The Epic Thor and Tolkien
|Aulë the Destroyer by Ted Nasmith|
Any devotee of the works of Tolkien understands his affinity for merging the mythos of the north with the mythos of his own universe, Arda. He desired something greater than the escapades of Arthurian legend to serve as the root of his beloved England’s identity, and succeeded in that act of creation in epic fashion. But even with that knowledge under ones belt, the evidence of Tolkien’s sometimes direct requisition of names and places can cause one to blink in a moment of reader confusion. Or elation.
There are multiple examples of this, but the best, the most obvious, is seen in the Icelandic Poetic Edda, Völúspo. In it Odin seeks knowledge from an oracle of sorts. She tells him of the creation of the world, of men, of the future fall of the gods and the creation of the dwarves. Which is where we see some familiar names: Gandalf, Durin and almost every dwarf that accompanied Bilbo to the den of Smaug.
(Great. Now Hugo Weaving’s ‘Gimli, son of Gloin’ line won’t leave my head.)
As for Thor, his inclusion in the tomes of Arda is not so obvious. Tolkien took his essence and molded the thunder god into a somewhat faith-influenced version of mythos by putting him in a submissive, well-rounded role in his relation to Ilúvatar (God). Instead of a hotheaded hero, Thor finds his Norse likeness born instead as a Vala (angel who decided to be involved with the shaping of creation). He takes the name Aulë.
Aulë is associated most directly with craftsmanship and skill for all things of earth. He wields the hammer of his gift and, like Thor (who’s mother was Jörd/Earth), is thematically associated with the same. The shape and make of the land. Stone. Metal. And most famously, the dwarves.
Aulë, like the other Vala, participated in the creation of Arda by adding his melody to the will of Ilúvatar. To his dismay though, Arda sat empty, uninhabited by elf or man. In his impatience to have other beings to impart his knowledge and skill to, Aulë created his own race of peoples in the form of seven dwarf lords. But he did not possess the authority to grant life or spirit and so the dwarves were no more than puppets of Aulë’s will, incapable of thought or reason outside his direction.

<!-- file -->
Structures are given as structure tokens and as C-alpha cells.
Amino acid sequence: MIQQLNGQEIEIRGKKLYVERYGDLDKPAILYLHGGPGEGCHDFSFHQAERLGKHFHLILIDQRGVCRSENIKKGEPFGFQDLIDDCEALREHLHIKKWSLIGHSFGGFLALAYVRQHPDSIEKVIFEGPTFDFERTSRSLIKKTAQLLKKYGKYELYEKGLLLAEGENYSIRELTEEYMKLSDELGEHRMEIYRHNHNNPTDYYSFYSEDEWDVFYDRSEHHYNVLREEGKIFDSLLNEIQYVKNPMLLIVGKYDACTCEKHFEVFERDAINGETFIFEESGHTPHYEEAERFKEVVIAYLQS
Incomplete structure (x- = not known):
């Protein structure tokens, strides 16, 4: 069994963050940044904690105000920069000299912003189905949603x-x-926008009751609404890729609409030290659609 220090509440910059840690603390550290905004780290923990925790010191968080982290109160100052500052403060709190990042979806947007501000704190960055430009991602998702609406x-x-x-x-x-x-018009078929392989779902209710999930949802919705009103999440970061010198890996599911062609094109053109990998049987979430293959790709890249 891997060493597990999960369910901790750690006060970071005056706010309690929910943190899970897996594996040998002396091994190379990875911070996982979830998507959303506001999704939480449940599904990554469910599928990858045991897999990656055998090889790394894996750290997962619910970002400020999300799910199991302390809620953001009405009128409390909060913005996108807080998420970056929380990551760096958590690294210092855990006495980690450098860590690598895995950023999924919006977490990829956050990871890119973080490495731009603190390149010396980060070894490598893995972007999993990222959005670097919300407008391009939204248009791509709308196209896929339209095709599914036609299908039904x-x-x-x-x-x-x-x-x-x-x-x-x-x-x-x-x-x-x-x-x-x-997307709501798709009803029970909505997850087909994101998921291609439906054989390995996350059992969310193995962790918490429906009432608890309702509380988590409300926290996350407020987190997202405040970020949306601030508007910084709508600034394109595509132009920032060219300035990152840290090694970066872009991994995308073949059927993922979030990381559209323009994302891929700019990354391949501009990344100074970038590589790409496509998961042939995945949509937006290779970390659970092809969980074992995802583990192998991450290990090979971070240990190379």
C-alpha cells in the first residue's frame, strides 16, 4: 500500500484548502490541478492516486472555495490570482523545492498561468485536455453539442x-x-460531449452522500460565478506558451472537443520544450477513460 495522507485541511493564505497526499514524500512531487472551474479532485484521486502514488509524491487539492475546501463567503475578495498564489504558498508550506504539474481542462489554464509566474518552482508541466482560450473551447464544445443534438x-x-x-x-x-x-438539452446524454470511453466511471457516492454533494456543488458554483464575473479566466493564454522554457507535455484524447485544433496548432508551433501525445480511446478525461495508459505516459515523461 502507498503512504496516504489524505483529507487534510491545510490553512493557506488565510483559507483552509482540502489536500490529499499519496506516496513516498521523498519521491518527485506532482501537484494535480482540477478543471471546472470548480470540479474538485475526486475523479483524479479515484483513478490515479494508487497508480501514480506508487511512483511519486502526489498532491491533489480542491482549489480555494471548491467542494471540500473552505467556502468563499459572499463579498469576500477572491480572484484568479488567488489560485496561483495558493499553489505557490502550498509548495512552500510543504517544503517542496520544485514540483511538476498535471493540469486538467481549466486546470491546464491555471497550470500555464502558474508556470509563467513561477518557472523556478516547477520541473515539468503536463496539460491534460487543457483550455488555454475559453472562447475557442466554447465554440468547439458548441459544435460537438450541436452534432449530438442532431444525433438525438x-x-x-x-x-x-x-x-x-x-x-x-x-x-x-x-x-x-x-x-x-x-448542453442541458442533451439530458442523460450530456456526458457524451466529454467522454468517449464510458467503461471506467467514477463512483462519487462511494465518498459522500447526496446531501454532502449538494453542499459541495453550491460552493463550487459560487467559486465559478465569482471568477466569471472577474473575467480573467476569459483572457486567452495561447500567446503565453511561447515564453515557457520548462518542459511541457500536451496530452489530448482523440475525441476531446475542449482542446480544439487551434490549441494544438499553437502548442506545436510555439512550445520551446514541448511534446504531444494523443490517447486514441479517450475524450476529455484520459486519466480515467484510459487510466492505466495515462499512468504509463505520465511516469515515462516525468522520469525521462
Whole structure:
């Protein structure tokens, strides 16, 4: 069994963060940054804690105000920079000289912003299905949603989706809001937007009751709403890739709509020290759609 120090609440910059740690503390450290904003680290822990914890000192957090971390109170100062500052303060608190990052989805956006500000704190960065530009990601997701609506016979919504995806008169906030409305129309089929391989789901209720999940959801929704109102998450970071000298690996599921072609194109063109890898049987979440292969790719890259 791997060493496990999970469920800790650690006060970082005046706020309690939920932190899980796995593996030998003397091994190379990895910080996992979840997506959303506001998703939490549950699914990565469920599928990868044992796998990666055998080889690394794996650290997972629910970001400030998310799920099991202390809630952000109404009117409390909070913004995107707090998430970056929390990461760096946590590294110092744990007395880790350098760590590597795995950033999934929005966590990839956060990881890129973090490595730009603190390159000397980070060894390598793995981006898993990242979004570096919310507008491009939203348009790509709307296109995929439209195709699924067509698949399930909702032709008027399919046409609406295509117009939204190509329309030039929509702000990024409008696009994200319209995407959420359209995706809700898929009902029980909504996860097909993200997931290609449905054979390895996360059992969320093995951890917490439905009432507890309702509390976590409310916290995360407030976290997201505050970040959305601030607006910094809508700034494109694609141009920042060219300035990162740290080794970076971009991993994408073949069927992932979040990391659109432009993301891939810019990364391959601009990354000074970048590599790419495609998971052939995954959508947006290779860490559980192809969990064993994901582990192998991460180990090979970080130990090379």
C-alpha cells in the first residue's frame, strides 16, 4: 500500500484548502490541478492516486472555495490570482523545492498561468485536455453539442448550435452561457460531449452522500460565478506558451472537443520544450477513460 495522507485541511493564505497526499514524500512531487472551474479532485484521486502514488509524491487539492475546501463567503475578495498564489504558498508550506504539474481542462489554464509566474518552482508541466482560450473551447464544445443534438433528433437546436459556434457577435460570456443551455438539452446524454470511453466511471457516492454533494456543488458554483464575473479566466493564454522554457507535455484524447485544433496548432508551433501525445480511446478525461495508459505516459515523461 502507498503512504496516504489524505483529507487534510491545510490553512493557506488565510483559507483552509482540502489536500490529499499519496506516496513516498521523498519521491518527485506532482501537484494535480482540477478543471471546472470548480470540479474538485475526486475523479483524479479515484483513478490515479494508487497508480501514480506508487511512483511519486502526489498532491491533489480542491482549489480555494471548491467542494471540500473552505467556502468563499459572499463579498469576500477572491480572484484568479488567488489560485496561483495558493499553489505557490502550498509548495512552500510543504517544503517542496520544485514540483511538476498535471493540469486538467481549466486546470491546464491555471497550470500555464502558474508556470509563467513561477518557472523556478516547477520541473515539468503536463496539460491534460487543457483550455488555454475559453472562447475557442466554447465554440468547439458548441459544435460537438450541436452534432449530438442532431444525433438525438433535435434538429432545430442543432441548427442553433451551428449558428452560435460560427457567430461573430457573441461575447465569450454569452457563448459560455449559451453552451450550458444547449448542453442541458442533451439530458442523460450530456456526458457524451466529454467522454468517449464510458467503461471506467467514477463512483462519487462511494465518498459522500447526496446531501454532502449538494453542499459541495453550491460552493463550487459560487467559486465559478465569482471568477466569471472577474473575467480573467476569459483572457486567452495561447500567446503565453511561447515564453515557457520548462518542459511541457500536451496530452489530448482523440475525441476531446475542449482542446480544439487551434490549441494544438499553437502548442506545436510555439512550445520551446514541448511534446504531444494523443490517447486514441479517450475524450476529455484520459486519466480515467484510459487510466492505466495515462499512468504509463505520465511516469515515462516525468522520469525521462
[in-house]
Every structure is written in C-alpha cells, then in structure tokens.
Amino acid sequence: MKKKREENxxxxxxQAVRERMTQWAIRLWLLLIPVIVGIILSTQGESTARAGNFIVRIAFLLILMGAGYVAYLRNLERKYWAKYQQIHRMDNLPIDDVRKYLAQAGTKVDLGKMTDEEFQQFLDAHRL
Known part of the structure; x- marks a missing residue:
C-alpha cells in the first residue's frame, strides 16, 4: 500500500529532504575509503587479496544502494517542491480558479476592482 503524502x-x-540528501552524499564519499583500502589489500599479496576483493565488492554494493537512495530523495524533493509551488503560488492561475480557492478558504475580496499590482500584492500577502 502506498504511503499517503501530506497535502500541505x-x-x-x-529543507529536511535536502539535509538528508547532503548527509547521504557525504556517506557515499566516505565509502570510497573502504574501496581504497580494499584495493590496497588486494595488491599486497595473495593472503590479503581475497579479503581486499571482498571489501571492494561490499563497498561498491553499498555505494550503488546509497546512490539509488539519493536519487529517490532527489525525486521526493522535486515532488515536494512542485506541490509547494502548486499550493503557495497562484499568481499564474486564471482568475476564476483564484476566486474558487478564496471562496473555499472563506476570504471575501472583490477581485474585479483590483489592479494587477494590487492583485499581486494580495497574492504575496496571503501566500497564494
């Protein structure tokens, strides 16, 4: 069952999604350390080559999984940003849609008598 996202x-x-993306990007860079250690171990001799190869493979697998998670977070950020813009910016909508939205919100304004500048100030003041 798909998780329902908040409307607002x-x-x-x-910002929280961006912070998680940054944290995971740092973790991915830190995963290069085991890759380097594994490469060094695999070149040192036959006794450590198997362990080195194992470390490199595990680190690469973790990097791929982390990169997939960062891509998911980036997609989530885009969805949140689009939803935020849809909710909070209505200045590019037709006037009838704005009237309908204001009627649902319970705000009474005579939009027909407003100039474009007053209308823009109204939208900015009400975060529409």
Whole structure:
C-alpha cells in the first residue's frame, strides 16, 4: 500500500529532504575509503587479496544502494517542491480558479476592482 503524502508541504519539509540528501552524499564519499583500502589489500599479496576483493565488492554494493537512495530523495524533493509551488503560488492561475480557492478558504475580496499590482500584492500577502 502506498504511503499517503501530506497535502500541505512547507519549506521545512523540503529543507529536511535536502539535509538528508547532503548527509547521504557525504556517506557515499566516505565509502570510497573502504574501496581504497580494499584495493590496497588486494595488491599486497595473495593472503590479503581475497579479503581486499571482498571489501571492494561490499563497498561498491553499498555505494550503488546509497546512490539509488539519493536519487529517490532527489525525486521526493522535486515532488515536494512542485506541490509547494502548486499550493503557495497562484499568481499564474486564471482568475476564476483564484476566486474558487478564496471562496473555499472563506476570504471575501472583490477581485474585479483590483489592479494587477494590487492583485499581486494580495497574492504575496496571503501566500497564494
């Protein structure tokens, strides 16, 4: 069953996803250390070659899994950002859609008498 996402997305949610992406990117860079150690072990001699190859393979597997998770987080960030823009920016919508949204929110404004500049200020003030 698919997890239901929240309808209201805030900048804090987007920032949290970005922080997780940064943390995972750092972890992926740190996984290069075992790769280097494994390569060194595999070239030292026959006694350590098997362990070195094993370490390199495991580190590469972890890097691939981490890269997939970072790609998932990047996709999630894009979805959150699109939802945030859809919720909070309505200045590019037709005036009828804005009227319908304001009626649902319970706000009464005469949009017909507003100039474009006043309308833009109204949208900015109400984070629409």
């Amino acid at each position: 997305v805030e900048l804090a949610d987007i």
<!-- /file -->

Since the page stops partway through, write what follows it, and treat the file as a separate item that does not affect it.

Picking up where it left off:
Ilúvatar saw this, and was not pleased with the impatience of Aulë, but Aulë was remorseful of his folly and, with tears, took up his hammer to destroy them. Seeing this, Illúvatar had compassion, stayed Aulë’s hand and imbued the dwarves with life and spirit.
Aulë’s struggle with and likeness to Melkor (Lucifer equivalent) in his specific powers and design and love of craft, also lends a great deal of likeness to the enmity between Thor and the god-turned-enemy, Loki. While it is clear Melkor/Morgoth is fashioned around the idea of Lucifer/Satan, Loki is a character whose story arc is so similar to both that some wonder if hints of Christianity did not weave themselves into the Norse mythos before the first oral traditions were penned. A topic for another day.
The connections within the scope of the Poetic and Prose Eddas, Biblical themes and Tolkien’s body of work are almost endless. So, please, dig deep. Think. Enjoy. But if you don’t want to spend days of sunny spring goodness burrowing in this fascinating, but endlessly layered mesh of mythologies, I suggest you take the blue pill. You are probably going to take an Advil to combat the information overload anyway.